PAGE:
Private interests: Media houses run news and stories keeping their interests in mind.
Regulatory body: More powers to PCI and independent regulatory body.
Punishment: Harsher punishment for media houses running biased and insensitive shows.
Standard operation procedure: A standard framework to be created and used so that over reach can be measured.
Media is the link between the rulers and ruled. They are the ones responsible to take news across breaking all barriers but due to increased commercialization, they are now being responsible for large scale violence, compromising national security etc. It is high time they are regulated before anything big occurs.
5. Safety standards and associated institutional framework in the railways need immediate attention. Comment.
There is an increase in train accidents in the country leading to loss of life and property because of which there is an urgent need to review the safety standards and associated institutional framework in railways in order to stop such incidents in future.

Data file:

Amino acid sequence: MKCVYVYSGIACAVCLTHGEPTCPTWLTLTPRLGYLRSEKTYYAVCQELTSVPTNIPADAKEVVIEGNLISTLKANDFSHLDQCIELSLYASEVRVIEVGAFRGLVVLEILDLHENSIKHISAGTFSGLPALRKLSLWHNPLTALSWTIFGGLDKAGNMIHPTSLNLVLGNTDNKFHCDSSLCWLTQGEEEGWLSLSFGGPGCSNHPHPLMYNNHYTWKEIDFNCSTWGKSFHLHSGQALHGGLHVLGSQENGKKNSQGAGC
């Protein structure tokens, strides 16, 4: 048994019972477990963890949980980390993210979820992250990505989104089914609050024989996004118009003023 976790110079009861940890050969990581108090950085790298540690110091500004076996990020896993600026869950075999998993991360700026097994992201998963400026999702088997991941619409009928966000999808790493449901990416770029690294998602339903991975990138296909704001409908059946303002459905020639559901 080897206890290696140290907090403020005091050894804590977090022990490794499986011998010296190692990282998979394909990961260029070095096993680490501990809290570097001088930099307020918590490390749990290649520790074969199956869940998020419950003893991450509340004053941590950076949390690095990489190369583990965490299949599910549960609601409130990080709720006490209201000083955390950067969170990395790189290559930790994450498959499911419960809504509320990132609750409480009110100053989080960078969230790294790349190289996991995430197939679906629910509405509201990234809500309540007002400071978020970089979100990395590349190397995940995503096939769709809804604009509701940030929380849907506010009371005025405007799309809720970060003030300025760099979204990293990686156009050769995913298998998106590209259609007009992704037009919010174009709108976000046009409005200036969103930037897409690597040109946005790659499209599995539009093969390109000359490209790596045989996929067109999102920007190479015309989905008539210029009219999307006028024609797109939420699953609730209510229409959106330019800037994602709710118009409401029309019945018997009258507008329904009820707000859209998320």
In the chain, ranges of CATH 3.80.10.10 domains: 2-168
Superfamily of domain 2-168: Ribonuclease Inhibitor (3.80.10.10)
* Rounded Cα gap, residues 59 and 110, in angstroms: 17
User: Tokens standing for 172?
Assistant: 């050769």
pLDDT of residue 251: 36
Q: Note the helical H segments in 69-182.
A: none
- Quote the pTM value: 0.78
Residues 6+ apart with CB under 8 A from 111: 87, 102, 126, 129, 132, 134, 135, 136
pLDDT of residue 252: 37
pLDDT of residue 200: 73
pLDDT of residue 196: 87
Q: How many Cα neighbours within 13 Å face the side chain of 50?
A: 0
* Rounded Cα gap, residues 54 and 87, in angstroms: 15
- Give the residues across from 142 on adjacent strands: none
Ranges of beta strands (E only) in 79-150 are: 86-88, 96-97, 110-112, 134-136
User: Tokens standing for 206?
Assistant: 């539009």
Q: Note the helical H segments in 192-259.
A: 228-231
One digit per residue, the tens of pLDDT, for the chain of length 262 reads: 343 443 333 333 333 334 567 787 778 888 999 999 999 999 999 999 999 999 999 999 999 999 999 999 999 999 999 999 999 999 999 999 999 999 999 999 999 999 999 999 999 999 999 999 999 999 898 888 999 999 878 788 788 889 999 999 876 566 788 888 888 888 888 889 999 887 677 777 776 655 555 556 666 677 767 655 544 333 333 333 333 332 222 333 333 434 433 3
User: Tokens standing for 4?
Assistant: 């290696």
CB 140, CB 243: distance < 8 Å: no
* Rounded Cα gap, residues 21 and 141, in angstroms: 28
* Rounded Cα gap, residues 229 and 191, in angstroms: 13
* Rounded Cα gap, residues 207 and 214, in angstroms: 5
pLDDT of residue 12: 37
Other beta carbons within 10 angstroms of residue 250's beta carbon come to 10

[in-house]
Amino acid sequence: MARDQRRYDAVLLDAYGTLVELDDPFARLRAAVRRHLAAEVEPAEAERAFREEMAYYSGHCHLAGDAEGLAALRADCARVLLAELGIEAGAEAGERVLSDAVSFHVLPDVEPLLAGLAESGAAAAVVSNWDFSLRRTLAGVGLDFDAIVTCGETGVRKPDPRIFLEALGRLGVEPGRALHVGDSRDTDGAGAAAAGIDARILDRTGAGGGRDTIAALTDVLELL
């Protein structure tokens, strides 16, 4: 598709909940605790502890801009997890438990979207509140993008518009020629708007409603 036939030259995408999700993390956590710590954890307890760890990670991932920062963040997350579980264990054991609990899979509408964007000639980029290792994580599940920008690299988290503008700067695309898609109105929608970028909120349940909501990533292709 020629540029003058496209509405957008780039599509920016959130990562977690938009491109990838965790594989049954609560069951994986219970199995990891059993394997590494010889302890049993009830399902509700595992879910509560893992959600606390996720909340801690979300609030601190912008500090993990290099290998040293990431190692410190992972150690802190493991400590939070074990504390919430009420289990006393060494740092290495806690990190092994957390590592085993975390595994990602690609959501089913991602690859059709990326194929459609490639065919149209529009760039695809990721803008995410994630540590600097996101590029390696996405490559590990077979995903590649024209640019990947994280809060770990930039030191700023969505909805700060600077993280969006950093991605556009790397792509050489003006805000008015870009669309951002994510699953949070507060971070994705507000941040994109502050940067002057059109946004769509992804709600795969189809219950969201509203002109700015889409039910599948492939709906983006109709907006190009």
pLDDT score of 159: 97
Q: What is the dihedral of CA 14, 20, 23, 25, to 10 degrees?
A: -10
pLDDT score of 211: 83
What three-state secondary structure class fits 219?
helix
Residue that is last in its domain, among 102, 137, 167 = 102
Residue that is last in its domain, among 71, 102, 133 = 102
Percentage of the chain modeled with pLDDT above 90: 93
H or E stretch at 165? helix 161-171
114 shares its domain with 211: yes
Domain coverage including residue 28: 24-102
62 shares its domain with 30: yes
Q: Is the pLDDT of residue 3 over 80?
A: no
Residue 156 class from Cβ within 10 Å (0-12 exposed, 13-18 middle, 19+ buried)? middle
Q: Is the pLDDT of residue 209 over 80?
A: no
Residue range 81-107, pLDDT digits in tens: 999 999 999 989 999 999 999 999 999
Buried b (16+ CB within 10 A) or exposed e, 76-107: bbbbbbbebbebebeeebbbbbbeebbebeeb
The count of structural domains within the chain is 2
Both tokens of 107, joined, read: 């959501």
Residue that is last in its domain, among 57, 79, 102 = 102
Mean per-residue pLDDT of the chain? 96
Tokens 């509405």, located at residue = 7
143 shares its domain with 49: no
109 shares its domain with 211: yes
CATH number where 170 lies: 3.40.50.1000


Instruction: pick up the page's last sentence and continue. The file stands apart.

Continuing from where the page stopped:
Maintenance: There is lack in proper and timely maintenance in both train and tracks.
Old and outdated: Usage of old and out dated technology to maintain the world’s largest passenger carrier.
Bottlenecks: Track repairs and blind spot rectification.
Vacancy: Huge vacancy leading to lack of efficiency and service.
Unmanned tracks: Due to which damages to tracks leading to accidents.
Train fare: Independent committee to decide on fares.
Grievance: Separate redressal mechanism.
Separation: Of passengers and goods services into different departments and privatization if needed.
Training institutes: For locomotive pilots and engineers.
Research: Separate research body for Railways.
Use of old and outdated machines should be foregone and new technologies should be introduced like anti-collision technology, Talgo trains, Tri-Netra system, derailment coaches among others. Bibek Debroy and Anil kakodkar committee recommendations should be implemented at the earliest to improve the railway sector as a whole.